[FIRST LOOK] Tim Ronalds Architects has unveiled his plans for the £16 million refurbishment of one of London’s oldest Turkish Baths
Full planning proposals have been drawn up for the Grade II-listed, 1931 bathing complex. The scheme will revamp the main pool, extend the gym and create new exercise rooms for classes.
The work is being funded with more than £12million investment from Islington Council and £3.7million investment from EC1 New Deal for Communities.
Local residents have been invited to discuss the plans with the architects at meetings betweem Wednesday 14 October, 12-3pm and Saturday 24 October or register views online at www.islington.gov.uk/irb.
A planning application will then be submitted to Islington Council on November 10. Islington Council hopes to have finished the refurb in time for the 2012 Olympics.
Previous Story: (AJ: 07.09.09)
Tim Ronalds wins comp to refurb one of London’s oldest Turkish baths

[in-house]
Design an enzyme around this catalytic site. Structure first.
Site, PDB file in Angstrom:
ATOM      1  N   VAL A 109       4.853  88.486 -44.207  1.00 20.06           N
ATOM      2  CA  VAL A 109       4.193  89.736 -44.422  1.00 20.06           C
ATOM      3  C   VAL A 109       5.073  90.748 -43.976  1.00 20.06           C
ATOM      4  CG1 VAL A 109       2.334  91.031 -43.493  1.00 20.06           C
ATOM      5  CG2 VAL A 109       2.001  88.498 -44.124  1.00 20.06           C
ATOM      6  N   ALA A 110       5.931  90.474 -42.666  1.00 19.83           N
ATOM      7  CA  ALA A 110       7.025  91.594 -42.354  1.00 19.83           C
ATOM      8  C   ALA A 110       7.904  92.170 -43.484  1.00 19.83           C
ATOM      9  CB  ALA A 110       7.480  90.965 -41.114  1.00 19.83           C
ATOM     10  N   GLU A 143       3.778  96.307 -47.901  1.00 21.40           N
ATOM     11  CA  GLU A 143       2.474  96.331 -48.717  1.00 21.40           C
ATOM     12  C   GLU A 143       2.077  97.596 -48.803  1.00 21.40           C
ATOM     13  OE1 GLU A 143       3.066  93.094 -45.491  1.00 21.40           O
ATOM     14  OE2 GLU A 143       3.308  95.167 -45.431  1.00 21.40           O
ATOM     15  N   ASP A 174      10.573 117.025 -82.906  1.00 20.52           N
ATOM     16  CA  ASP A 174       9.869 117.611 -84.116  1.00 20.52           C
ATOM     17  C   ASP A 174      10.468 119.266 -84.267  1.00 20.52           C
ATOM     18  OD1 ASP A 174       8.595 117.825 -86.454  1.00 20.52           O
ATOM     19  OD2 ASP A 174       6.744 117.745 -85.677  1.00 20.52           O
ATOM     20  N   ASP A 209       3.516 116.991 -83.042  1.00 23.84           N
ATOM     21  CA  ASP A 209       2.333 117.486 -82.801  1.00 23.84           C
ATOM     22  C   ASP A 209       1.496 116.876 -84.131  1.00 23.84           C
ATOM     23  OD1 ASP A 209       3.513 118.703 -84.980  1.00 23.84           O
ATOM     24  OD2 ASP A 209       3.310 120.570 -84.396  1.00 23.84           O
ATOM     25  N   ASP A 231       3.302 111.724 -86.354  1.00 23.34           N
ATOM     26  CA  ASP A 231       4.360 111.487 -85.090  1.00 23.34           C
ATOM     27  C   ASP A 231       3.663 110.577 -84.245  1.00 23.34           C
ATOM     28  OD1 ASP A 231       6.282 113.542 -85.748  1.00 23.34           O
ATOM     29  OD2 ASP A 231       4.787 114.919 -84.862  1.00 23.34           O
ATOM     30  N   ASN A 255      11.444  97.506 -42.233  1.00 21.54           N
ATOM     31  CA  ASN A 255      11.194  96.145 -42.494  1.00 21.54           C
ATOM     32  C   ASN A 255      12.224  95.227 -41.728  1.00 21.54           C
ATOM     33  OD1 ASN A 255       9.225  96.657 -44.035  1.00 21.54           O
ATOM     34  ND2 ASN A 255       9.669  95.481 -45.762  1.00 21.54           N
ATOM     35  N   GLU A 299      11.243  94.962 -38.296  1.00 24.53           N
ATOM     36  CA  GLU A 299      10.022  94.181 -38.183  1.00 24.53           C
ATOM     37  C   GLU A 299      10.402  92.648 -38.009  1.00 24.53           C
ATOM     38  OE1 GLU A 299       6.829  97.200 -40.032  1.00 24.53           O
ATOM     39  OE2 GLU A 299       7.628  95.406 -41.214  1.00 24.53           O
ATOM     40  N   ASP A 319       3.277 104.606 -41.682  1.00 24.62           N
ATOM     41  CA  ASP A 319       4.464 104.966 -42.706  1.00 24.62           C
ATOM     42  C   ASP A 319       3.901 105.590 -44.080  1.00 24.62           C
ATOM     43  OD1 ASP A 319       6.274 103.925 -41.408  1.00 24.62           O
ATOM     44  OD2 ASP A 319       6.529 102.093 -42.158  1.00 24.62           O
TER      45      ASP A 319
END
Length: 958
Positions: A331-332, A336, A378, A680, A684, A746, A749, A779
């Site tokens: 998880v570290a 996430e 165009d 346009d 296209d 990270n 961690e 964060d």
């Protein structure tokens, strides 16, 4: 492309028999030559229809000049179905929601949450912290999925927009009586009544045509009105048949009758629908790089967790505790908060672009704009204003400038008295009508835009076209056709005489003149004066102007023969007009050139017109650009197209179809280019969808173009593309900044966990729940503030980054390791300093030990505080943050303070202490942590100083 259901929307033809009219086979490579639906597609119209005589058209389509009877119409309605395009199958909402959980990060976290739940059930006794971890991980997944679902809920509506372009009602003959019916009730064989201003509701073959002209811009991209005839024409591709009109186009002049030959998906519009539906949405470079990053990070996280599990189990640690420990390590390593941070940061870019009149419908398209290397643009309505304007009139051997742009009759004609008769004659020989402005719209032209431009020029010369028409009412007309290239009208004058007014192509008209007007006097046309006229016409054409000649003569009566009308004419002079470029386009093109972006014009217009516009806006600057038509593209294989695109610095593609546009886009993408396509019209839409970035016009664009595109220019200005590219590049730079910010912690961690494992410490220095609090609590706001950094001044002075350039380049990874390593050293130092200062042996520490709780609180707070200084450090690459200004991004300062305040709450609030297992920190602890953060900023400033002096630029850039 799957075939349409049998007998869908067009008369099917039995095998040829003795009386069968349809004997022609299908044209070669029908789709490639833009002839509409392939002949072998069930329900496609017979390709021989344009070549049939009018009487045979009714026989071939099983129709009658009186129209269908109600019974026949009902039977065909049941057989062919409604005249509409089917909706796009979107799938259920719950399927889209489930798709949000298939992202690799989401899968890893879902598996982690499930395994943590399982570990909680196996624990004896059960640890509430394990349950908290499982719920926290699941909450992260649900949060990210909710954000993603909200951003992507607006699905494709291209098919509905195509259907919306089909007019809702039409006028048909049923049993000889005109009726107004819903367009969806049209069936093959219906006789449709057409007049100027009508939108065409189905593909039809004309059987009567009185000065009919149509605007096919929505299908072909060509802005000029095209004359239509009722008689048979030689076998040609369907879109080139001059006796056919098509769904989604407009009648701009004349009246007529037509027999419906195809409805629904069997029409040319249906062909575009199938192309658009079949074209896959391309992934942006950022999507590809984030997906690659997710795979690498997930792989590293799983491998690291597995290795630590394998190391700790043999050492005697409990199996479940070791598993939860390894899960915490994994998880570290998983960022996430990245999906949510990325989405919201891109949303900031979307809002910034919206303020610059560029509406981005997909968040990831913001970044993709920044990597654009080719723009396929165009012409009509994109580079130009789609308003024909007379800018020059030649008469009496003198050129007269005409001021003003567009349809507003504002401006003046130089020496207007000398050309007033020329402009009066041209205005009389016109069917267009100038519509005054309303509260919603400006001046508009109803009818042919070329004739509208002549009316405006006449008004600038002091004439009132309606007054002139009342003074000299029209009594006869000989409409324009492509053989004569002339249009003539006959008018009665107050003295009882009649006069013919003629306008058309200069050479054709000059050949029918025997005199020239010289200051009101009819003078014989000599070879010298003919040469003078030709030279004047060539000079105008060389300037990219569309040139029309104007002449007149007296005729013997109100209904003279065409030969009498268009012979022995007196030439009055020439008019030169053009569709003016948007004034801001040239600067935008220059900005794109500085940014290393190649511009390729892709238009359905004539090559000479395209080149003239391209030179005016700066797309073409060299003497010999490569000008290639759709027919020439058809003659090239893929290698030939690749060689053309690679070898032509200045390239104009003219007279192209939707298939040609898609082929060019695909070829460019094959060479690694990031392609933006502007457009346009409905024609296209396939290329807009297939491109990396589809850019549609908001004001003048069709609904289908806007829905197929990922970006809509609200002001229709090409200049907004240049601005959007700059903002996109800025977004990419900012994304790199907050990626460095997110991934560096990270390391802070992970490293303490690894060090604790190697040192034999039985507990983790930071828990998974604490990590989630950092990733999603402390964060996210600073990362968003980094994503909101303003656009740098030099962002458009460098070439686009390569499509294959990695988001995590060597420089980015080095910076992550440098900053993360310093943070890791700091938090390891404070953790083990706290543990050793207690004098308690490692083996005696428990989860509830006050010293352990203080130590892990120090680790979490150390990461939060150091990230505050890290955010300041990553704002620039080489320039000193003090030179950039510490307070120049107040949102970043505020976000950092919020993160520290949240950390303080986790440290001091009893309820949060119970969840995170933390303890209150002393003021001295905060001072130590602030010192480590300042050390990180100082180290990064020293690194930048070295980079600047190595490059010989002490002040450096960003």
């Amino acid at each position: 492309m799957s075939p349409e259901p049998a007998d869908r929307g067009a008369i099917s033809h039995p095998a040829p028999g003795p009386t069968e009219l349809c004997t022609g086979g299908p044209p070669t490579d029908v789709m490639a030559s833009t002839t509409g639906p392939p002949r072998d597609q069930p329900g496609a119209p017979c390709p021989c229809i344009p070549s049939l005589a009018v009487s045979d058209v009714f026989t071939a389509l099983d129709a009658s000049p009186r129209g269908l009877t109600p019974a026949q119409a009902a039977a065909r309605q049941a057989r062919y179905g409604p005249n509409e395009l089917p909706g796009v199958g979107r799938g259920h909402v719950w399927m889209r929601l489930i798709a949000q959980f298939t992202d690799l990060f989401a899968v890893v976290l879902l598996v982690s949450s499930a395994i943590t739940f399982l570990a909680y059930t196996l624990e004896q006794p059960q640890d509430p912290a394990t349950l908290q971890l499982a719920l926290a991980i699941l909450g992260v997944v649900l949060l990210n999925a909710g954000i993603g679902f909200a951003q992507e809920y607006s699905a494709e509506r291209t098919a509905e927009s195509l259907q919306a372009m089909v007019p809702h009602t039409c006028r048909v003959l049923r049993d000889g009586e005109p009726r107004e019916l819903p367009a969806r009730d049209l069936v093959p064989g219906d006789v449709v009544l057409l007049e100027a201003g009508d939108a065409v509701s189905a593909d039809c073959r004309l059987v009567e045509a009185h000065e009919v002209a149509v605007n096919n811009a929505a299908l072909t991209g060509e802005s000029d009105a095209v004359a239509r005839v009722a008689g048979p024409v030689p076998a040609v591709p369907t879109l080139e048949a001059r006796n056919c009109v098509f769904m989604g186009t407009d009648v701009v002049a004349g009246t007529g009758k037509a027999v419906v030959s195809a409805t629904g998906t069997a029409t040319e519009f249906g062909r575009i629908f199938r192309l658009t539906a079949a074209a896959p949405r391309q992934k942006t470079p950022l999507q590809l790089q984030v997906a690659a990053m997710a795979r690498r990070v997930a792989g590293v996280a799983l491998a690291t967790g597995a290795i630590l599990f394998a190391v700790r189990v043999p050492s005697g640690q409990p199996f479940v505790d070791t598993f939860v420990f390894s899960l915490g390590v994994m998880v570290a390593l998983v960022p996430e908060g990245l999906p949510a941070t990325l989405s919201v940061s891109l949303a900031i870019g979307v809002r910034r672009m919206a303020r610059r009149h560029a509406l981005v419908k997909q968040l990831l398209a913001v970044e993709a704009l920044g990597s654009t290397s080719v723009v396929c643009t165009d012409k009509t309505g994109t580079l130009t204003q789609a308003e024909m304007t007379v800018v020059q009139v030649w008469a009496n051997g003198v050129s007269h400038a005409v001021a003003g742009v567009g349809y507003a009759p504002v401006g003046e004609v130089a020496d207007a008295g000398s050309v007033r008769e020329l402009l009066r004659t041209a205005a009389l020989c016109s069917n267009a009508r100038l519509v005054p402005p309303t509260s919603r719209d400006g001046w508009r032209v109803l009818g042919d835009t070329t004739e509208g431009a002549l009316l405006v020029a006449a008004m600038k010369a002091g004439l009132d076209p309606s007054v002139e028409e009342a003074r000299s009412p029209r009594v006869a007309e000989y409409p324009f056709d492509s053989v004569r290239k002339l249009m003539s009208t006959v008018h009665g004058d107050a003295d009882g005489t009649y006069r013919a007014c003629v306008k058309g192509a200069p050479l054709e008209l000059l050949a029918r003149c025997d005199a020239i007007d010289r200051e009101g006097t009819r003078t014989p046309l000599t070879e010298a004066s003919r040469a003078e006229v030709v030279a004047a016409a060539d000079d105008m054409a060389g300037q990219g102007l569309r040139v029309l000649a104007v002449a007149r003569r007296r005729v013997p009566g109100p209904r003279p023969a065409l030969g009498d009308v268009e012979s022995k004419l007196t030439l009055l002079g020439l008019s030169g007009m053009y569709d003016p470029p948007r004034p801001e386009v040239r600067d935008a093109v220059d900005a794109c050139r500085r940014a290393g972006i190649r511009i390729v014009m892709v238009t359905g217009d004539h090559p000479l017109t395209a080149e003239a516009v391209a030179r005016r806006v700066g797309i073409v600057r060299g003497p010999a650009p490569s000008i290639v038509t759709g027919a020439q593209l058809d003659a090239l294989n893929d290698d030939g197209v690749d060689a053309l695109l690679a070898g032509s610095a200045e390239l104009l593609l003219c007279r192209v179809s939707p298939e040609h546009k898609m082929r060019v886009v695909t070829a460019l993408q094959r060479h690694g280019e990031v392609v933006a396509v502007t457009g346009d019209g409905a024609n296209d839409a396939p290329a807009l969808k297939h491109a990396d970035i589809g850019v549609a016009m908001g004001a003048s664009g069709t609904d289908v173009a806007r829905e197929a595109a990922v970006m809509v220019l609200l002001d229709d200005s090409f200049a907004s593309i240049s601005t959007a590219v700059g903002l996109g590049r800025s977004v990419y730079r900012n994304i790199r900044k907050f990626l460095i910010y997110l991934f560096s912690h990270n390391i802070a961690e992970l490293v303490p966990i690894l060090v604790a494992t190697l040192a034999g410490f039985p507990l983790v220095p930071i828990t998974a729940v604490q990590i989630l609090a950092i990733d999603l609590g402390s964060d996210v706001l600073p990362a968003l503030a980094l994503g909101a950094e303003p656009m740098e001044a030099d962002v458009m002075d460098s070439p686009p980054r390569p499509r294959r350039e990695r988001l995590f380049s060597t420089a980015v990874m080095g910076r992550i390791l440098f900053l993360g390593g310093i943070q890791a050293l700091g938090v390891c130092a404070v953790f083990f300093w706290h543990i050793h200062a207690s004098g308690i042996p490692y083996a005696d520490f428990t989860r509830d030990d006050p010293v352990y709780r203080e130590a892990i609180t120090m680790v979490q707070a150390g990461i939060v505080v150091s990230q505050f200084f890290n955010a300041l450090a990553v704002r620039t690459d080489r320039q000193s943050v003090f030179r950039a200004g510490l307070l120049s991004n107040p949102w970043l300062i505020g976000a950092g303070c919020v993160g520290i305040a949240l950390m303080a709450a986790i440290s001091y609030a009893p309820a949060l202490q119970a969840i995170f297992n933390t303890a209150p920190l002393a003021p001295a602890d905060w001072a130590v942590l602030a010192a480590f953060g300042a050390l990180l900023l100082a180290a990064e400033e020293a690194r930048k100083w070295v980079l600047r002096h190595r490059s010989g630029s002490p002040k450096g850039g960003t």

Tim Ronalds Architects has landed the £15 million refurbishment of Ironmonger Row Baths near Old Street
The practice saw off pool specialists S&P Architects, Dyer, Roberts Limbrick Architects and BDP to win the competition to carry out a £15 million refurbishment of the art deco building. The baths originally opened in 1931 allowing London’s poor to bathe in a 30m swimming pool. The Turkish Bath building opened seven years later in 1938.
Work on the Grade-II listed building near Old Street will involve both revamping the main swimming pool as well as refurbishing the Turkish baths.
It is understood that work will include adding a gym, atrium and café, as well as expanding the baths themselves with the aim of encouraging a more communal bathing experience, like the bath houses in Japan.
Islington Council had originally planned to revamp all of the leisure buildings in the borough but the recession has forced it to cut back its plans dramatically, leaving the Ironmonger Row complex as the sole survivor.
Councillor Ruth Polling (photographed), Islington Council’s executive member for leisure and equalities said: “This is all about making the building a state of the art community facility once again - just like it was when it was built in the 1930s. Tim’s practice was responsible for the transformation of Hackney Empire and that really impressed us.”
The baths will close next May for a year and a half.